The Oklahoma State Attorney General announced Friday the state's multicounty grand jury will launch its own investigation in the ongoing fight between local law enforcement and the Rogers County District Attorney's Office.
Rogers County Sheriff Scott Walton and five other Rogers County residents filed a petition asking for a grand jury to investigate the district attorney, two commissioners and other county officials. A Tulsa County judge threw out that petition Tuesday.
In return, District Attorney Janice Steidley filed a lawsuit against the people who initiated the petition, claiming libel and defamation.
On Friday, State Attorney General Scott Pruitt said he plans to bring the case before the state multicounty grand jury. But the investigation will not only focus on the complaints listed in the petition that was signed by nearly 8,000 Rogers County residents. It will also look into issues raised by Steidley.
"As the chief legal officer of Oklahoma, one of my top priorities is to protect the integrity of our legal system," Pruitt said. "For our system of justice to work properly, people must have confidence in the process. The multicounty grand jury is an investigative tool, which will allow Oklahomans to bring forward any concerns they may have. In this instance, the multicounty grand jury will bring together a panel of citizens from across the state to thoroughly and objectively review the issues raised in Rogers County. I'm confident the multicounty grand jury investigation will uncover the facts, help resolve the issues in Rogers County, and restore Oklahomans' confidence in the legal system."
The initial grand jury petition accused Steidley of a number of crimes, including witness tampering, illegal wiretapping, criminal threats and destruction of government records.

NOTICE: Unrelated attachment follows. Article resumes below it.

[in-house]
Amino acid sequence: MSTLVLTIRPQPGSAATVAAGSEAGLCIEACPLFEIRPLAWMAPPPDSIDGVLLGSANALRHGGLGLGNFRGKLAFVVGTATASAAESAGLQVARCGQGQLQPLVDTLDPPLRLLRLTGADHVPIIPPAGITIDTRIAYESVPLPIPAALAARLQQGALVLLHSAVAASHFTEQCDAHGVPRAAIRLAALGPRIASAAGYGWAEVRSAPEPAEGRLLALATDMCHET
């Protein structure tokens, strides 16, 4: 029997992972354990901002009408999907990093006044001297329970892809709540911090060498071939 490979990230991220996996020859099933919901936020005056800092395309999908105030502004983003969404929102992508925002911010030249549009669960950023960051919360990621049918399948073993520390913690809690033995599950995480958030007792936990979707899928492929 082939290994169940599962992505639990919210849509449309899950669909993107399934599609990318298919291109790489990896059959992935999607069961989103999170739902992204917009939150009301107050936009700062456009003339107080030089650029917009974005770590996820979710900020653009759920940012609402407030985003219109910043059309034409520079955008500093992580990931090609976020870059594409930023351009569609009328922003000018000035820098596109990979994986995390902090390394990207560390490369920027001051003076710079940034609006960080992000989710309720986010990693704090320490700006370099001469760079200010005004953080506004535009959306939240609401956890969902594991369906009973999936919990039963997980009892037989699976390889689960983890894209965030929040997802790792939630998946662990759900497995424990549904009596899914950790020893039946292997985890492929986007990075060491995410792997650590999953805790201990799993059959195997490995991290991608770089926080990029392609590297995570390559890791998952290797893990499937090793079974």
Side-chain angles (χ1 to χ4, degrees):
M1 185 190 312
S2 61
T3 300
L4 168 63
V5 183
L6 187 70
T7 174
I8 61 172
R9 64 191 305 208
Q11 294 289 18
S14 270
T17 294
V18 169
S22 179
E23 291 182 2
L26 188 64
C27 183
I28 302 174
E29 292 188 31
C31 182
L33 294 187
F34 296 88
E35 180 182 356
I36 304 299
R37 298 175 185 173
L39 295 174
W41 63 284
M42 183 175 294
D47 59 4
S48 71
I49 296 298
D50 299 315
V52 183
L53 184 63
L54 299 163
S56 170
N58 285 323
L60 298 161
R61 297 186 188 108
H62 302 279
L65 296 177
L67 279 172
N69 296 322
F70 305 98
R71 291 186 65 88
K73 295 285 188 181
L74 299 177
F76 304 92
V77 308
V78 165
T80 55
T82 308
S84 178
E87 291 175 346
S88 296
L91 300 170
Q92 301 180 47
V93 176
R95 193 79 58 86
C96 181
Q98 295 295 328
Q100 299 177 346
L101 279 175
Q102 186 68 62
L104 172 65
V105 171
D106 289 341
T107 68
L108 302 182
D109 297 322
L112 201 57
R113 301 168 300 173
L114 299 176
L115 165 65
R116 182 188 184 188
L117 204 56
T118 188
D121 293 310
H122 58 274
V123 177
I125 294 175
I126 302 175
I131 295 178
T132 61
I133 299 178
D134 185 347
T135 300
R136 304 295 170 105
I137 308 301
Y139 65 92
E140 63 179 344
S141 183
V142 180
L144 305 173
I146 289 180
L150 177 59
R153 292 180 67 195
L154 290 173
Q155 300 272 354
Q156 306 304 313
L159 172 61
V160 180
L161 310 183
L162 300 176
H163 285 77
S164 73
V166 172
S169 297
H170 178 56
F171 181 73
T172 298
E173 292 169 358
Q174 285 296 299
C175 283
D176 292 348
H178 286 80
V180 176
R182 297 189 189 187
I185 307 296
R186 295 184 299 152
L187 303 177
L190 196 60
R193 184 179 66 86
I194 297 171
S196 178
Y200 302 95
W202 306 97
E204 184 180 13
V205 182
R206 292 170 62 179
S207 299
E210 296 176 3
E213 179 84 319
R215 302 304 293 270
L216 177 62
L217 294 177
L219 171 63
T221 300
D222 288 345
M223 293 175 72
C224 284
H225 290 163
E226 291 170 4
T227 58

A judge dismissed the petition due to a problem with how the signatures were gathered.
Steidley also issued a press release Friday, saying she had, the day before, requested a grand jury investigation into Rogers County public officers and county departments, including her own office.
"There are a myriad of issues that should be looked into by a grand jury that were not listed on the earlier grand jury petition that was dismissed," Steidley said in the release. "We decided to request this grand jury to shine light on all the parties involved and let the truth come out. Sunlight is the best disinfectant. We want a grand jury investigation that is lawful and looking into real issues, not one that is supported by baseless accusations and slander in an attempt to forward political motivations and agendas."
Steidley has not said publicly exactly what issues she wants investigated.
Sheriff Walton said he fears the bad blood between Steidley's office and law enforcement agencies in the counties she represents is going to keep criminals from being prosecuted.
The state's 12-member multicounty grand jury is an investigative body with authority to look into allegations of criminal activity or misconduct by public officials. It has jurisdiction in all 77 counties.